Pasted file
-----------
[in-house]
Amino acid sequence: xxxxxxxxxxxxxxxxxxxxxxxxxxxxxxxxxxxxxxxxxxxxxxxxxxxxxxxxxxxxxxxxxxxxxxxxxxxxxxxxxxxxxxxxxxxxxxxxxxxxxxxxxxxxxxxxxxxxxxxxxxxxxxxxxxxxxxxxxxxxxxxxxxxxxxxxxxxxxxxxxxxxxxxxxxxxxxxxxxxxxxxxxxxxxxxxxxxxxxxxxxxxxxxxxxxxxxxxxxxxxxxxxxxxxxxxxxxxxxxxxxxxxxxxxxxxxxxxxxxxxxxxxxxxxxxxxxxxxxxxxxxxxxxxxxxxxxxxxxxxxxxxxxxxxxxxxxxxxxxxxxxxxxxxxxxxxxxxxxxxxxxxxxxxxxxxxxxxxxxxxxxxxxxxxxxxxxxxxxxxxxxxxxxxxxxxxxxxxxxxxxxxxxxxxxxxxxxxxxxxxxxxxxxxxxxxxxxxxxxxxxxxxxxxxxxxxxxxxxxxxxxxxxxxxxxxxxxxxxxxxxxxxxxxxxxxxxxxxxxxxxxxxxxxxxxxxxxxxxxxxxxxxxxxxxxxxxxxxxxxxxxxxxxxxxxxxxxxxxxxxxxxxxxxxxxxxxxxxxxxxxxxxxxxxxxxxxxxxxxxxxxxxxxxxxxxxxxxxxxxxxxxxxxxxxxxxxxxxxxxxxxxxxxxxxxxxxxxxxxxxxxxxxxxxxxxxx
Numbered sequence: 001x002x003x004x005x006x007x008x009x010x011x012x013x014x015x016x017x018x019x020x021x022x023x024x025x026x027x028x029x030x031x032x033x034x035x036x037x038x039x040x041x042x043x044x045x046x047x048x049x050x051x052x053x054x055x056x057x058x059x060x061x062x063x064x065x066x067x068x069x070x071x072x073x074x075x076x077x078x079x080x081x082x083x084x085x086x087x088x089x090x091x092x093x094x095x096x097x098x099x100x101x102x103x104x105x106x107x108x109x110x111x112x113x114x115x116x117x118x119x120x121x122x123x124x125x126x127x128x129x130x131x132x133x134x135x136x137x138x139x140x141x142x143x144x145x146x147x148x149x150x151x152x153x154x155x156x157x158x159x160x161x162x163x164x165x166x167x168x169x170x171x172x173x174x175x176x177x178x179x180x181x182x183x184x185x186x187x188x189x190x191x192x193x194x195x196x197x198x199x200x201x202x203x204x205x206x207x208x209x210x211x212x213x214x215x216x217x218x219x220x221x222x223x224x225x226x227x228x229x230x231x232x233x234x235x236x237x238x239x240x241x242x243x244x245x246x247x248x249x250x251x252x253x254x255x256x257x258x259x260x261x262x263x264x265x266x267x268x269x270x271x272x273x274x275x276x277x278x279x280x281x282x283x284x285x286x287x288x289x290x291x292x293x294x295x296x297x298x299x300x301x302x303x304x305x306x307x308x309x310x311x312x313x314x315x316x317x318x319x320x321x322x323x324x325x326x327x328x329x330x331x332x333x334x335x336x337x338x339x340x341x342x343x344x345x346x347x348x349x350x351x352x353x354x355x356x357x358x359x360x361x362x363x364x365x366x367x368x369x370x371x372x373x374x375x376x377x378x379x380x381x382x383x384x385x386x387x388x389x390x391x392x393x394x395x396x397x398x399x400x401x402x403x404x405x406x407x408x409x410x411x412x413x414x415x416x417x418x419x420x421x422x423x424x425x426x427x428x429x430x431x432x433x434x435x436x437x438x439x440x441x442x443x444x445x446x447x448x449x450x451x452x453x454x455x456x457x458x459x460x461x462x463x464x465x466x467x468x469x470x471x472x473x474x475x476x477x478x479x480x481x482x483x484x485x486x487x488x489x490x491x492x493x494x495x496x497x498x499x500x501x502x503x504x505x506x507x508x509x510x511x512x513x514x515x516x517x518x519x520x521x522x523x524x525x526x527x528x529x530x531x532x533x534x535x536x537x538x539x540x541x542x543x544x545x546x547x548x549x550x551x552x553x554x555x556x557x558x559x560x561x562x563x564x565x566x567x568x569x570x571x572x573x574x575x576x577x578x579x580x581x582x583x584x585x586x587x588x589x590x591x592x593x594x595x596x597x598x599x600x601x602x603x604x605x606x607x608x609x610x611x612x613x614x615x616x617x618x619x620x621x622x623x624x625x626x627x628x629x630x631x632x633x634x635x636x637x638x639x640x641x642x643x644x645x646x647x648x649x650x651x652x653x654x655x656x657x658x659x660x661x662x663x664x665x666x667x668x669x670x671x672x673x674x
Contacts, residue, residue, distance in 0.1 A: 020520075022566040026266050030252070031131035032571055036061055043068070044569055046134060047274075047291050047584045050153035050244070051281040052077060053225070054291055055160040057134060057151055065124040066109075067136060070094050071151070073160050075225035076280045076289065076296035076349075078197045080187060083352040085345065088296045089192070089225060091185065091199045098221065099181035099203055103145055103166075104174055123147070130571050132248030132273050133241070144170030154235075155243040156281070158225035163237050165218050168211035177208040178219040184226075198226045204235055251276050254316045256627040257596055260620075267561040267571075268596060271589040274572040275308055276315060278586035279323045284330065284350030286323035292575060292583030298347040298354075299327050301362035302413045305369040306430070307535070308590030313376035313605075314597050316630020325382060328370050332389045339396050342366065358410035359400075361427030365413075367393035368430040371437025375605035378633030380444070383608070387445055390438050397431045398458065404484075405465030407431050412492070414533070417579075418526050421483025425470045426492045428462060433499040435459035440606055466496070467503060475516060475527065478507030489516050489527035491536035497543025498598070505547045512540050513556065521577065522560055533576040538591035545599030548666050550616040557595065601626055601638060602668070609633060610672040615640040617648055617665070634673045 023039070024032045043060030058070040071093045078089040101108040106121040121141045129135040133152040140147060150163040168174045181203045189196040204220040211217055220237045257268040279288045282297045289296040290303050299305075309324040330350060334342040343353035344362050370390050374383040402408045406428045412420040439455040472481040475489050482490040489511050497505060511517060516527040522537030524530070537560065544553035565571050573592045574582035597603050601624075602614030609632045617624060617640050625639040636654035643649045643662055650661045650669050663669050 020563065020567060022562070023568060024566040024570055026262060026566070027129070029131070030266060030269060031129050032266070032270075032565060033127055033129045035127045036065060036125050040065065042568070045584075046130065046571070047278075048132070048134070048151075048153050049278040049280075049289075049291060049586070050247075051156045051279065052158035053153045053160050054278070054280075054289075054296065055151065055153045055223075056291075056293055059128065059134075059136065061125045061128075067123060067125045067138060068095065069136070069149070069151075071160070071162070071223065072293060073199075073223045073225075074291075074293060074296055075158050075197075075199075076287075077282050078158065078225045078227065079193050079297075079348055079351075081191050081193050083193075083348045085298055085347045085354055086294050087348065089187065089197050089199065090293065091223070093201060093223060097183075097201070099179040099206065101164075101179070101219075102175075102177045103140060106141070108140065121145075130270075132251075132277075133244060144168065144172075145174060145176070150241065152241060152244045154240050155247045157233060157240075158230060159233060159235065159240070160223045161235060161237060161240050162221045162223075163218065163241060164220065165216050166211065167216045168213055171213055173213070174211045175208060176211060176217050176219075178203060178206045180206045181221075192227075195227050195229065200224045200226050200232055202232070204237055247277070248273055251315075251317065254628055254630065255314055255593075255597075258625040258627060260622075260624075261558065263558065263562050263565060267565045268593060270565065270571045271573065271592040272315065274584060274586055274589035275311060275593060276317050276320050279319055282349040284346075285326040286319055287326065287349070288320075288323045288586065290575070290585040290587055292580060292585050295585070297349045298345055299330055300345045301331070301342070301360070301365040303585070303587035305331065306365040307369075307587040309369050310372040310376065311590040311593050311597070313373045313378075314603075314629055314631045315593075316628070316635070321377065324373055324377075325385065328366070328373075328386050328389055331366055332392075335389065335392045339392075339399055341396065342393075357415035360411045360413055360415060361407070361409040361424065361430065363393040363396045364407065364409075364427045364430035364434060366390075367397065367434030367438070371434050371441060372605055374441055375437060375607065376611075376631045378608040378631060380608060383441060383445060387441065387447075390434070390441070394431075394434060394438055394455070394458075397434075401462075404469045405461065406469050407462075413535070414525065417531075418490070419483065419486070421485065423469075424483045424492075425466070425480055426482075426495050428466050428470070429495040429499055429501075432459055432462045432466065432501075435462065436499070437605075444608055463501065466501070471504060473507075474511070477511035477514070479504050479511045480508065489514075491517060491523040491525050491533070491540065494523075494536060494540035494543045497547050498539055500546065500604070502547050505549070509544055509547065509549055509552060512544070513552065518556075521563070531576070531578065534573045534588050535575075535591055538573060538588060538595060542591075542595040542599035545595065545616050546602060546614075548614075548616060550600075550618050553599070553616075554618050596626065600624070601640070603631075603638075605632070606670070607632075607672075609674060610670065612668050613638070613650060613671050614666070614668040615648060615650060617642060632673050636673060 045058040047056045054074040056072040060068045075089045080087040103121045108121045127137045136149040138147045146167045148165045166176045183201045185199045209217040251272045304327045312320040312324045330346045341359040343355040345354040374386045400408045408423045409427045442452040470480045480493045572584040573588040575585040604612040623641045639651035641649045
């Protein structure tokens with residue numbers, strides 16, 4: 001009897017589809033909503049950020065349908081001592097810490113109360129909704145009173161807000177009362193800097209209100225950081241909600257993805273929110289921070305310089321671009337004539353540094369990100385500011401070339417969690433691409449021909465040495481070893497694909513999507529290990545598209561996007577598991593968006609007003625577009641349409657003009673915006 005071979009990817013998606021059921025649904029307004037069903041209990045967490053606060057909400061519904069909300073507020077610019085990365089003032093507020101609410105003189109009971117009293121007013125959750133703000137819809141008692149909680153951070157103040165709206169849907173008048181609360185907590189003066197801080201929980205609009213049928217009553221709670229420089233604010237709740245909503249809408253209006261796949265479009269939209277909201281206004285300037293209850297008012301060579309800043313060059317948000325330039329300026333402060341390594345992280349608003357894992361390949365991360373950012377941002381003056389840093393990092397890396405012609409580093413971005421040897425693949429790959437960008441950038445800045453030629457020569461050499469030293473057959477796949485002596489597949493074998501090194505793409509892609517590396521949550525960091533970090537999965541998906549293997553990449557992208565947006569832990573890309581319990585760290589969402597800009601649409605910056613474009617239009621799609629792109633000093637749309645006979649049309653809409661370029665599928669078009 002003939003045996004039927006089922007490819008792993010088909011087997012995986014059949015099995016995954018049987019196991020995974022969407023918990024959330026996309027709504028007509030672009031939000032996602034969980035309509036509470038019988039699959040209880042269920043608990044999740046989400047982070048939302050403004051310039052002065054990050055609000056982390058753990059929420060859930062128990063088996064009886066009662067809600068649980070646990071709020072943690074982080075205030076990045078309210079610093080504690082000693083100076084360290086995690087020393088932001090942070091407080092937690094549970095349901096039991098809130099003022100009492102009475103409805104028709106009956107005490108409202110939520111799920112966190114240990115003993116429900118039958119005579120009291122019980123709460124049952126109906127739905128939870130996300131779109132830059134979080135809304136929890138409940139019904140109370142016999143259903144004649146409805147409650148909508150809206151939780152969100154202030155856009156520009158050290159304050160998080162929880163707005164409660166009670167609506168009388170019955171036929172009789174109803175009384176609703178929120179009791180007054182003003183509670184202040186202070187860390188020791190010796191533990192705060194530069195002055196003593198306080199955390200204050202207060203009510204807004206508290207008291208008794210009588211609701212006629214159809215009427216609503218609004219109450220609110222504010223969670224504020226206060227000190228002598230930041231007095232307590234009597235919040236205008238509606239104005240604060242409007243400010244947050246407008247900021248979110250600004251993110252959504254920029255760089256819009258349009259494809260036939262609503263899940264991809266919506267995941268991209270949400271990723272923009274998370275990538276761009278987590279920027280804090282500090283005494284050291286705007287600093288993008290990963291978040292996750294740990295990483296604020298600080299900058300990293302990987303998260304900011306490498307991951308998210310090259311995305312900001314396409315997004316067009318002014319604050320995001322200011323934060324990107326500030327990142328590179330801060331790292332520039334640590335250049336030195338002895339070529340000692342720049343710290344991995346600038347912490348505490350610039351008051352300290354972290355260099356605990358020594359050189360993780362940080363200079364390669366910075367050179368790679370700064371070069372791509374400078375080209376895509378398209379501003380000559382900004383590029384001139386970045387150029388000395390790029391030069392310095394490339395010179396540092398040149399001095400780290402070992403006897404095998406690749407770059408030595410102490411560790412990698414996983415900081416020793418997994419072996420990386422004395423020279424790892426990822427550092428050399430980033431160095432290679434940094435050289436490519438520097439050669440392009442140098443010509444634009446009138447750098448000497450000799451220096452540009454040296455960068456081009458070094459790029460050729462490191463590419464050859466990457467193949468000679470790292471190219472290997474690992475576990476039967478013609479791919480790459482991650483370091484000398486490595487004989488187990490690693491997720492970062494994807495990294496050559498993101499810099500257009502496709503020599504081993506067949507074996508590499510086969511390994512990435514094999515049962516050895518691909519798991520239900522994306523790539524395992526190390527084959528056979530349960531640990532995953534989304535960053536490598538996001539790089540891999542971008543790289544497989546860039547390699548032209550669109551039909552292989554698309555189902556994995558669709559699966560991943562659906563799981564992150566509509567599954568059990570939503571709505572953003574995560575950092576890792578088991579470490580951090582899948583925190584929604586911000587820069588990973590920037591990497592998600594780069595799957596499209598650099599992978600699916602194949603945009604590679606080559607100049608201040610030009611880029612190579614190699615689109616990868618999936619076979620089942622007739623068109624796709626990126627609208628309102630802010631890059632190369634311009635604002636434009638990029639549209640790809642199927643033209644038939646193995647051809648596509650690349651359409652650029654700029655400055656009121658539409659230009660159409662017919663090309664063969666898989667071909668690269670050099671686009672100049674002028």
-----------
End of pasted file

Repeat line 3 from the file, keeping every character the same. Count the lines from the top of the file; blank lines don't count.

Numbered sequence: 001x002x003x004x005x006x007x008x009x010x011x012x013x014x015x016x017x018x019x020x021x022x023x024x025x026x027x028x029x030x031x032x033x034x035x036x037x038x039x040x041x042x043x044x045x046x047x048x049x050x051x052x053x054x055x056x057x058x059x060x061x062x063x064x065x066x067x068x069x070x071x072x073x074x075x076x077x078x079x080x081x082x083x084x085x086x087x088x089x090x091x092x093x094x095x096x097x098x099x100x101x102x103x104x105x106x107x108x109x110x111x112x113x114x115x116x117x118x119x120x121x122x123x124x125x126x127x128x129x130x131x132x133x134x135x136x137x138x139x140x141x142x143x144x145x146x147x148x149x150x151x152x153x154x155x156x157x158x159x160x161x162x163x164x165x166x167x168x169x170x171x172x173x174x175x176x177x178x179x180x181x182x183x184x185x186x187x188x189x190x191x192x193x194x195x196x197x198x199x200x201x202x203x204x205x206x207x208x209x210x211x212x213x214x215x216x217x218x219x220x221x222x223x224x225x226x227x228x229x230x231x232x233x234x235x236x237x238x239x240x241x242x243x244x245x246x247x248x249x250x251x252x253x254x255x256x257x258x259x260x261x262x263x264x265x266x267x268x269x270x271x272x273x274x275x276x277x278x279x280x281x282x283x284x285x286x287x288x289x290x291x292x293x294x295x296x297x298x299x300x301x302x303x304x305x306x307x308x309x310x311x312x313x314x315x316x317x318x319x320x321x322x323x324x325x326x327x328x329x330x331x332x333x334x335x336x337x338x339x340x341x342x343x344x345x346x347x348x349x350x351x352x353x354x355x356x357x358x359x360x361x362x363x364x365x366x367x368x369x370x371x372x373x374x375x376x377x378x379x380x381x382x383x384x385x386x387x388x389x390x391x392x393x394x395x396x397x398x399x400x401x402x403x404x405x406x407x408x409x410x411x412x413x414x415x416x417x418x419x420x421x422x423x424x425x426x427x428x429x430x431x432x433x434x435x436x437x438x439x440x441x442x443x444x445x446x447x448x449x450x451x452x453x454x455x456x457x458x459x460x461x462x463x464x465x466x467x468x469x470x471x472x473x474x475x476x477x478x479x480x481x482x483x484x485x486x487x488x489x490x491x492x493x494x495x496x497x498x499x500x501x502x503x504x505x506x507x508x509x510x511x512x513x514x515x516x517x518x519x520x521x522x523x524x525x526x527x528x529x530x531x532x533x534x535x536x537x538x539x540x541x542x543x544x545x546x547x548x549x550x551x552x553x554x555x556x557x558x559x560x561x562x563x564x565x566x567x568x569x570x571x572x573x574x575x576x577x578x579x580x581x582x583x584x585x586x587x588x589x590x591x592x593x594x595x596x597x598x599x600x601x602x603x604x605x606x607x608x609x610x611x612x613x614x615x616x617x618x619x620x621x622x623x624x625x626x627x628x629x630x631x632x633x634x635x636x637x638x639x640x641x642x643x644x645x646x647x648x649x650x651x652x653x654x655x656x657x658x659x660x661x662x663x664x665x666x667x668x669x670x671x672x673x674x